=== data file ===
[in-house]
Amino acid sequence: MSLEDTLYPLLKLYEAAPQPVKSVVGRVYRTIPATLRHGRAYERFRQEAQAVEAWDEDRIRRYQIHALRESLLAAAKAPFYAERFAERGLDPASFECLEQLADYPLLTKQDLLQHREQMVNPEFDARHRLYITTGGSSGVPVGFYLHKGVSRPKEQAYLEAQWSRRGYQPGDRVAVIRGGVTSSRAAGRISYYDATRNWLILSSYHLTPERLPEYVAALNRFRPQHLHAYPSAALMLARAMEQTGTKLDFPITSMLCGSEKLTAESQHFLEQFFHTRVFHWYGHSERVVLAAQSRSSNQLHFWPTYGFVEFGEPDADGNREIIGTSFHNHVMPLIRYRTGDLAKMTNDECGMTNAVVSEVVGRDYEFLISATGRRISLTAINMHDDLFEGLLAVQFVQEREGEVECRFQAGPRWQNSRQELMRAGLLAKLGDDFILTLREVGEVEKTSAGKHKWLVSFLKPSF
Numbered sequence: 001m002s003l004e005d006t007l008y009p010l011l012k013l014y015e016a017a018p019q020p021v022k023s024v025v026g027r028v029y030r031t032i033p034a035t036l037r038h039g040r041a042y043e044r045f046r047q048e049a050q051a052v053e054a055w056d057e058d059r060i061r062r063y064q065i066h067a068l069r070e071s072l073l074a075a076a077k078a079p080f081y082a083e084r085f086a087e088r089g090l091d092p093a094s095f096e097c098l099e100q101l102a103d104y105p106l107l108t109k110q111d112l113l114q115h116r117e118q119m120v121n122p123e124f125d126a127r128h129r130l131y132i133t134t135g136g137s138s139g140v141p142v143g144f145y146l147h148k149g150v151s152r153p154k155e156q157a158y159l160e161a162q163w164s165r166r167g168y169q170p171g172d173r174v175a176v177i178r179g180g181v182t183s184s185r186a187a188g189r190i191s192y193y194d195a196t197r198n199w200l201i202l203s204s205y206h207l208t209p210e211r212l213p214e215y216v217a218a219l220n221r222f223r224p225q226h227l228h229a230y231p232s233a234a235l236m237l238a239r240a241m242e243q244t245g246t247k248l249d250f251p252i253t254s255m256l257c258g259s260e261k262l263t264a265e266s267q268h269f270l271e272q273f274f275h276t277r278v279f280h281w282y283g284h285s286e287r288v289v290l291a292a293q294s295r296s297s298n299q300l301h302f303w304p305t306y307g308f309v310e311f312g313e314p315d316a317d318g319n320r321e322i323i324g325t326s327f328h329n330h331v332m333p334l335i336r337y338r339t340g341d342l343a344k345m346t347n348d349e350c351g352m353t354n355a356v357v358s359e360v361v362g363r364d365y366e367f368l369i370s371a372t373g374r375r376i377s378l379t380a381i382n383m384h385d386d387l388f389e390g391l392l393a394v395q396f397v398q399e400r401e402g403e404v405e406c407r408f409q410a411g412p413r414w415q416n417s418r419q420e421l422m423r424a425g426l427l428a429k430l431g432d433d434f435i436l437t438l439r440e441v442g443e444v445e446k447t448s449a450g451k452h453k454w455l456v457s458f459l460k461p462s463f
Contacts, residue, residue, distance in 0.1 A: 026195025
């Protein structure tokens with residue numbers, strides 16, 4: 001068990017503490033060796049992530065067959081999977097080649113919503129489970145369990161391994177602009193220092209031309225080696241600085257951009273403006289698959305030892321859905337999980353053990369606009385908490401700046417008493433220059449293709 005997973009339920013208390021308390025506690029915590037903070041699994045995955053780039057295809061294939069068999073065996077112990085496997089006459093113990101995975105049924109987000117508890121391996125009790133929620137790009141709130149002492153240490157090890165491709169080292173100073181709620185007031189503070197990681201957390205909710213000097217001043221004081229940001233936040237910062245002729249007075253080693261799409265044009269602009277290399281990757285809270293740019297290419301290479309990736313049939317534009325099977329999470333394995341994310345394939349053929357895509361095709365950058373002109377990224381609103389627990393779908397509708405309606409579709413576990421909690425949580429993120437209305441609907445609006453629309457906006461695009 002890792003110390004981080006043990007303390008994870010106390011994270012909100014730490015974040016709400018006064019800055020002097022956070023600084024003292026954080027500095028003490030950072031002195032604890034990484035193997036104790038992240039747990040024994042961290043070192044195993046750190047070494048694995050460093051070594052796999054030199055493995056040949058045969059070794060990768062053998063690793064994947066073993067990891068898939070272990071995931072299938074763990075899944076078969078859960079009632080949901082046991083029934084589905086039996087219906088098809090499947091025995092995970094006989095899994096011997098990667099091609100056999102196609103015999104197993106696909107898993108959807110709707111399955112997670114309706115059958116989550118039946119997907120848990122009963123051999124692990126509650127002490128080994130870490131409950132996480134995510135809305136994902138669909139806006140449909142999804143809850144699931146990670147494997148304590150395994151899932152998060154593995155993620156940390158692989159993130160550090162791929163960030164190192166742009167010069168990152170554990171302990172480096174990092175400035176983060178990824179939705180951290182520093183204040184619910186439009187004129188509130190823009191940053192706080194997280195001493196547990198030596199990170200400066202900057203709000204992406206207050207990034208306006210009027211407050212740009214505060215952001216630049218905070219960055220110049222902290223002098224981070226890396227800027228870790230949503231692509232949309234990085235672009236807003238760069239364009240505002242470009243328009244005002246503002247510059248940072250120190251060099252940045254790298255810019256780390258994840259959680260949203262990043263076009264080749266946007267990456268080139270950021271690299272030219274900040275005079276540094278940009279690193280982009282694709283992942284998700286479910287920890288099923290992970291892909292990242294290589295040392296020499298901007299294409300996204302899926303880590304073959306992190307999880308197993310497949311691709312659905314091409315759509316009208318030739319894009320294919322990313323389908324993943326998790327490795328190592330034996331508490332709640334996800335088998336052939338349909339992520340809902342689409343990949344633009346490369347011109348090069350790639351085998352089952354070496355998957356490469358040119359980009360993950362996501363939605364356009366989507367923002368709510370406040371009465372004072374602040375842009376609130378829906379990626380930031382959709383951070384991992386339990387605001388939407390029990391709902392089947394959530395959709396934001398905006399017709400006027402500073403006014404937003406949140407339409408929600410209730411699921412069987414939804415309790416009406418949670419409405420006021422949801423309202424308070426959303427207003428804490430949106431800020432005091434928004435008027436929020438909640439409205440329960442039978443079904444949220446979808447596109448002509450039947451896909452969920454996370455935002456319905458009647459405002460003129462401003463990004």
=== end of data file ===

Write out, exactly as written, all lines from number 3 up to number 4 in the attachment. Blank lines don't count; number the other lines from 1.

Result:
Numbered sequence: 001m002s003l004e005d006t007l008y009p010l011l012k013l014y015e016a017a018p019q020p021v022k023s024v025v026g027r028v029y030r031t032i033p034a035t036l037r038h039g040r041a042y043e044r045f046r047q048e049a050q051a052v053e054a055w056d057e058d059r060i061r062r063y064q065i066h067a068l069r070e071s072l073l074a075a076a077k078a079p080f081y082a083e084r085f086a087e088r089g090l091d092p093a094s095f096e097c098l099e100q101l102a103d104y105p106l107l108t109k110q111d112l113l114q115h116r117e118q119m120v121n122p123e124f125d126a127r128h129r130l131y132i133t134t135g136g137s138s139g140v141p142v143g144f145y146l147h148k149g150v151s152r153p154k155e156q157a158y159l160e161a162q163w164s165r166r167g168y169q170p171g172d173r174v175a176v177i178r179g180g181v182t183s184s185r186a187a188g189r190i191s192y193y194d195a196t197r198n199w200l201i202l203s204s205y206h207l208t209p210e211r212l213p214e215y216v217a218a219l220n221r222f223r224p225q226h227l228h229a230y231p232s233a234a235l236m237l238a239r240a241m242e243q244t245g246t247k248l249d250f251p252i253t254s255m256l257c258g259s260e261k262l263t264a265e266s267q268h269f270l271e272q273f274f275h276t277r278v279f280h281w282y283g284h285s286e287r288v289v290l291a292a293q294s295r296s297s298n299q300l301h302f303w304p305t306y307g308f309v310e311f312g313e314p315d316a317d318g319n320r321e322i323i324g325t326s327f328h329n330h331v332m333p334l335i336r337y338r339t340g341d342l343a344k345m346t347n348d349e350c351g352m353t354n355a356v357v358s359e360v361v362g363r364d365y366e367f368l369i370s371a372t373g374r375r376i377s378l379t380a381i382n383m384h385d386d387l388f389e390g391l392l393a394v395q396f397v398q399e400r401e402g403e404v405e406c407r408f409q410a411g412p413r414w415q416n417s418r419q420e421l422m423r424a425g426l427l428a429k430l431g432d433d434f435i436l437t438l439r440e441v442g443e444v445e446k447t448s449a450g451k452h453k454w455l456v457s458f459l460k461p462s463f
Contacts, residue, residue, distance in 0.1 A: 026195025